HARARE, Zimbabwe – Opposition officials accused Zimbabwe's ruling party Tuesday of orchestrating a campaign of violence in remote rural areas in an effort to intimidate opponents of President Robert Mugabe ahead of a likely runoff election.
The accusations came amid growing reports that ruling party thugs were escalating their invasions of white-owned farms and driving the farmers off their land.
Mugabe, who has led Zimbabwe for 28 years with an increasingly dictatorial regime, has virtually conceded that he did not win the March 29 presidential elections.
Though results of the poll remain secret 10 days after the election, he already is campaigning for an expected runoff against opposition leader Morgan Tsvangirai by intimidating his foes and exploiting racial tensions.
"There has been massive violence inside the country since the 29th," said Tendai Biti, secretary general of the opposition Movement for Democratic Change.
Much of the violence has erupted in traditional ruling party strongholds that voted for the opposition in the election, including the rural areas of Murewa, Mutoko and Gweru, he said. Ruling party militants, used previously to intimidate government opponents, were being rearmed, he said.
"There's been a complete militarization and a complete rearming of mobs who led the terror in 2000 and 2006," he said.
Reports of violence in remote rural areas — including the torching of opposition supporters houses — have circulated through Harare in recent days. The reports could not be confirmed because of the danger in traveling to the areas.
Information Minister Sikhanyiso Ndlovu denied the claims as outright lies and said there had been no outbreak of violence.
"There is nothing like that. They are concocting things. It is peaceful," Ndlovu said. He said there had been "no violence whatsoever."
About 60 farmers have been forced off their land since Saturday, said Mike Clark, a spokesman for the farmers' union.
"The situation is escalating very rapidly," said Trevor Gifford, president of Zimbabwe's Commercial Farmer's Union, adding that many farmers were not allowed to take anything with them.
Mugabe's opponents pressed a lawsuit to force the publication of the results of the presidential election that they say Tsvangirai won outright. The High Court ruled Tuesday that it would hear the petition urgently and began listening to submissions from the opposition and election commission. The hearing was to resume Wednesday.
Mugabe's ruling party has called for a recount and a further delay in the release of results.
"The results are being cooked to fit the template of a runoff," Biti said.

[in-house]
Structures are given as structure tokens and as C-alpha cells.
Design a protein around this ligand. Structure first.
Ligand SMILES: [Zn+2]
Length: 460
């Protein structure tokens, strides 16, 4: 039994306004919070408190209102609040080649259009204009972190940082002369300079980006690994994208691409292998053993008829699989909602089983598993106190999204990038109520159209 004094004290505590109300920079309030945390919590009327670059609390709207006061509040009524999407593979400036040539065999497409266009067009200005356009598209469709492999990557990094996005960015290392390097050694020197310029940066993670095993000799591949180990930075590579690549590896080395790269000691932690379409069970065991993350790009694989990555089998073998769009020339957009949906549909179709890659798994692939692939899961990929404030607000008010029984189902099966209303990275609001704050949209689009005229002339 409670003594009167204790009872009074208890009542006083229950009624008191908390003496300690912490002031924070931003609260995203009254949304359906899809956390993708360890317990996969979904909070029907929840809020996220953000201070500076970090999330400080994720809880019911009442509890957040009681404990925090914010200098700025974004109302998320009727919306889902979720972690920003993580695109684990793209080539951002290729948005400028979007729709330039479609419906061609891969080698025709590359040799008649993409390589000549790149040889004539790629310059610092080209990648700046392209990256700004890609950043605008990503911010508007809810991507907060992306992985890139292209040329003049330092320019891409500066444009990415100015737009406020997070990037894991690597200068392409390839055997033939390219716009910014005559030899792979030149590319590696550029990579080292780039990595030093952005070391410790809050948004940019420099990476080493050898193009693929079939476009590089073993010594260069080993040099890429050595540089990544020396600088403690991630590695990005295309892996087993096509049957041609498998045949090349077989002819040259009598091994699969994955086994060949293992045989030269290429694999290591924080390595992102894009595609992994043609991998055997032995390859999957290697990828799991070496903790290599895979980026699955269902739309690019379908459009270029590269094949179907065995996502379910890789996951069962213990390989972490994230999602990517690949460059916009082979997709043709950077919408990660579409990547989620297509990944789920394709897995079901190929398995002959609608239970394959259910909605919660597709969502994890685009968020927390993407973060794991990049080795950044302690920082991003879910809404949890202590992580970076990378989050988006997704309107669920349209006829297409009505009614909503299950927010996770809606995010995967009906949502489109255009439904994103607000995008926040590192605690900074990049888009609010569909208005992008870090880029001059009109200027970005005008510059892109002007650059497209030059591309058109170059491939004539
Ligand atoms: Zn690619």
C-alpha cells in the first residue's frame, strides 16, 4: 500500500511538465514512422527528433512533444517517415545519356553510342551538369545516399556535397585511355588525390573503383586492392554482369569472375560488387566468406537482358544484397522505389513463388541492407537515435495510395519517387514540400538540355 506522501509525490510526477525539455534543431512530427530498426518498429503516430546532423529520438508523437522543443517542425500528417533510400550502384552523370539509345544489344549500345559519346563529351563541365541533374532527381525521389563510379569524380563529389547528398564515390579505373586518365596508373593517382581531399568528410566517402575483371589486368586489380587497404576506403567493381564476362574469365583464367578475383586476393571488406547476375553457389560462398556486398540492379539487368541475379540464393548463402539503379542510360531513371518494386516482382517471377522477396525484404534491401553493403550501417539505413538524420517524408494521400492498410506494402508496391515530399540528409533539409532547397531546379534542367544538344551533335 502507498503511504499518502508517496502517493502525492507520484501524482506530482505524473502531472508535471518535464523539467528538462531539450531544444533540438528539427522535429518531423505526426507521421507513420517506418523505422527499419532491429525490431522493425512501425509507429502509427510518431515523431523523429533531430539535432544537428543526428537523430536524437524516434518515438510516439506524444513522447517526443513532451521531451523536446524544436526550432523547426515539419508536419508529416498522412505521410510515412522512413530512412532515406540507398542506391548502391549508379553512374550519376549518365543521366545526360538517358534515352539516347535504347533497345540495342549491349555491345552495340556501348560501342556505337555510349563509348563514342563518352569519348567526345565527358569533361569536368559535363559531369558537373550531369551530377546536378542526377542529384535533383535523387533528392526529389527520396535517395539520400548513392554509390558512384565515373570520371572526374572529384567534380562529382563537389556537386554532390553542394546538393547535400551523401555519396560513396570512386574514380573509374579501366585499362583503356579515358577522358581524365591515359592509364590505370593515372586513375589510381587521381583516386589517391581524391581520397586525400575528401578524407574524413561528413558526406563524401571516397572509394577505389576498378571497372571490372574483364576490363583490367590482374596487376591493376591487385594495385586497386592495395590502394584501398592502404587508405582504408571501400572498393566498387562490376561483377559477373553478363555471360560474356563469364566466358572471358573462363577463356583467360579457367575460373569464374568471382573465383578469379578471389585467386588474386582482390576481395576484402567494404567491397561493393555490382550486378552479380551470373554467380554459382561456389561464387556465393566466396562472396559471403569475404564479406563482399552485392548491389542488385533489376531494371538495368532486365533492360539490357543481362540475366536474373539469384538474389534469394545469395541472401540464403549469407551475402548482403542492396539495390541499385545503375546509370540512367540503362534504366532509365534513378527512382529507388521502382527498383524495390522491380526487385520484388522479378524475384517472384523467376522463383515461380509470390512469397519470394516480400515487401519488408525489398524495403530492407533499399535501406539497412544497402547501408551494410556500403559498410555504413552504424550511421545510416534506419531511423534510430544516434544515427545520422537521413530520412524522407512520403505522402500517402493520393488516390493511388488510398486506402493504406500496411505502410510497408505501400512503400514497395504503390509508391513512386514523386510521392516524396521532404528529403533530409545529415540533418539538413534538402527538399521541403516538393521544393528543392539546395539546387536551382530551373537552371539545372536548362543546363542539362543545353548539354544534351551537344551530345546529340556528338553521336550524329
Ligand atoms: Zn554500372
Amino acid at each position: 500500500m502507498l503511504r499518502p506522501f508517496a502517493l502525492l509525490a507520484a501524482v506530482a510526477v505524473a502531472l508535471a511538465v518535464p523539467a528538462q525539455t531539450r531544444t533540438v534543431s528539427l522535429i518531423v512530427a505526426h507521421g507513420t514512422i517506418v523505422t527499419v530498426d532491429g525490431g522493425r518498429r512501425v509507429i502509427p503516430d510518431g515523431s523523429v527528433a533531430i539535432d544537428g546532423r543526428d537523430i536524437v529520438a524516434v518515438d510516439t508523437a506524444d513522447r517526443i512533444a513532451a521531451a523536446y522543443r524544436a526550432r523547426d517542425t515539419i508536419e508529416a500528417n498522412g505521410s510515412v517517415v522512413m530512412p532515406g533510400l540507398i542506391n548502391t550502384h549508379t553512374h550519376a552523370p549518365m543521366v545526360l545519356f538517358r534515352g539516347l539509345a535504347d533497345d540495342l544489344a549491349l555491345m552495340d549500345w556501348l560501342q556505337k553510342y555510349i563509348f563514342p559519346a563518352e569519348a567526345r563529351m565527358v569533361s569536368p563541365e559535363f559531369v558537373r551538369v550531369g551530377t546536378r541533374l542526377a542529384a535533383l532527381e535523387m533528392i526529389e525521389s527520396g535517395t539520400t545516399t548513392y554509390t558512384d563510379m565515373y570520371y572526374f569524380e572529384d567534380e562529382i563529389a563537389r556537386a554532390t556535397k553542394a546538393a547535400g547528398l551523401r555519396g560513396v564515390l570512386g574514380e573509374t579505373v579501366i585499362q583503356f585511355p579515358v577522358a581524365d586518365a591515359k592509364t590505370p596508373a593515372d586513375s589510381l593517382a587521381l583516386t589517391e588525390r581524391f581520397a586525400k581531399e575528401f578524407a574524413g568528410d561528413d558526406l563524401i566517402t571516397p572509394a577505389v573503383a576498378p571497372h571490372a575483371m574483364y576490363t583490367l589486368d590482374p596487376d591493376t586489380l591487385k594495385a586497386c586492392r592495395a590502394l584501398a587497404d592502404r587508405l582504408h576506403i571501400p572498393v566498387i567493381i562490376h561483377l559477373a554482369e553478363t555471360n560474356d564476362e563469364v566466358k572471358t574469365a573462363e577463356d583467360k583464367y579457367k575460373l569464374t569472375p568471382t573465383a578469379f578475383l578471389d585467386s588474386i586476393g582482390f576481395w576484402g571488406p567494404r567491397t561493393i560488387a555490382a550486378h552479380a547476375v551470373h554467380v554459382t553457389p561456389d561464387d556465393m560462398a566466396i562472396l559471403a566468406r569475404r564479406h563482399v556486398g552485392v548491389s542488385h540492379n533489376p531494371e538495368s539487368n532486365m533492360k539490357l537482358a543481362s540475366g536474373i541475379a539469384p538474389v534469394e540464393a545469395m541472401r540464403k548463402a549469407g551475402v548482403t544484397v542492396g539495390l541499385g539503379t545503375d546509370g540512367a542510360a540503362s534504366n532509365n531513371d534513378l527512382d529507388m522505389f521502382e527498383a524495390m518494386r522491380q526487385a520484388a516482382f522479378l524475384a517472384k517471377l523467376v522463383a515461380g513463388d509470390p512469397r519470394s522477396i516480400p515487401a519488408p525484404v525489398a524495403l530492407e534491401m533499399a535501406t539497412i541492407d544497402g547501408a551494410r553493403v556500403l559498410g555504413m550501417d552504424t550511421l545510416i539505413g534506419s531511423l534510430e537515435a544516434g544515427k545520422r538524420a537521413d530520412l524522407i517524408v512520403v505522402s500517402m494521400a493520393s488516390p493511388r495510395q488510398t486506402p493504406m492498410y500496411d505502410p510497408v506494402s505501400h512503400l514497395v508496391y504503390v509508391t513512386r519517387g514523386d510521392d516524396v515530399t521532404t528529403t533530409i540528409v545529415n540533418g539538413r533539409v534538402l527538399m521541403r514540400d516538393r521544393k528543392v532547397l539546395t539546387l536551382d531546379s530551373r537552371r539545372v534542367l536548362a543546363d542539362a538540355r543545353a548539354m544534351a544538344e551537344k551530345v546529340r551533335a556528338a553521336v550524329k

He accused the ruling party of trying to provoke the opposition to take to the streets.
"We are keeping our members restrained and asking them please to have faith," he said.
Over the weekend, Mugabe urged Zimbabweans to defend land previously seized from white farmers, and militants began invading some of the few remaining white-owned farms. Such land seizures started in 2000 as Mugabe's response to his first defeat at the polls — a loss in a referendum designed to entrench his presidential powers.
Clark, from the farmers' union, said the invasions were happening "all over now." The group says the intruders are being ferried in from other areas on buses and trucks and police are only sporadically taking action.
Uys Van der Westhuizen said he fled his tobacco farm in the Centenary area Monday morning with his wife and four children.
"These guys pitched up at 6 o'clock and basically told us to get out," he said in a phone interview from Harare.
About 150 "thugs, mostly in their early 20s, maybe 25," armed with sticks and machetes beat drums as they moved onto the farm in an effort to intimidate his family. The invaders locked up his workers in one of the farm buildings and beat one of his foremen, he said.
"When I saw him, he had a swollen face," he said.
All his neighbors had been forced out or fled as well, he said.
"There's nobody there. Not one white commercial farmer," he said.
Mugabe's land reform program was supposed to take large commercial farms — much of the country's most fertile land — owned by about 4,500 whites and redistribute it to poor blacks. Instead, he gave the land to ruling party leaders, security chiefs, relatives and friends.
The land redistribution destroyed the food exporter's agricultural sector and sent the economy into free fall. Today, a third of Zimbabweans depend on international food handouts, and another third have fled looking for work or political asylum abroad.
Eighty percent of Zimbabwe's workers don't have jobs, and the country suffers chronic shortages of medicine, food, fuel, water and electricity as inflation blazes at 100,000 percent a year.
The elites, who still live in luxury, want to keep Mugabe in power to ensure their continued access to land, government contracts and business licenses. Some also fear an opposition government could prosecute Mugabe loyalists, including security chiefs involved in the 1980s subjugation of the minority Ndebele tribe that killed tens of thousands.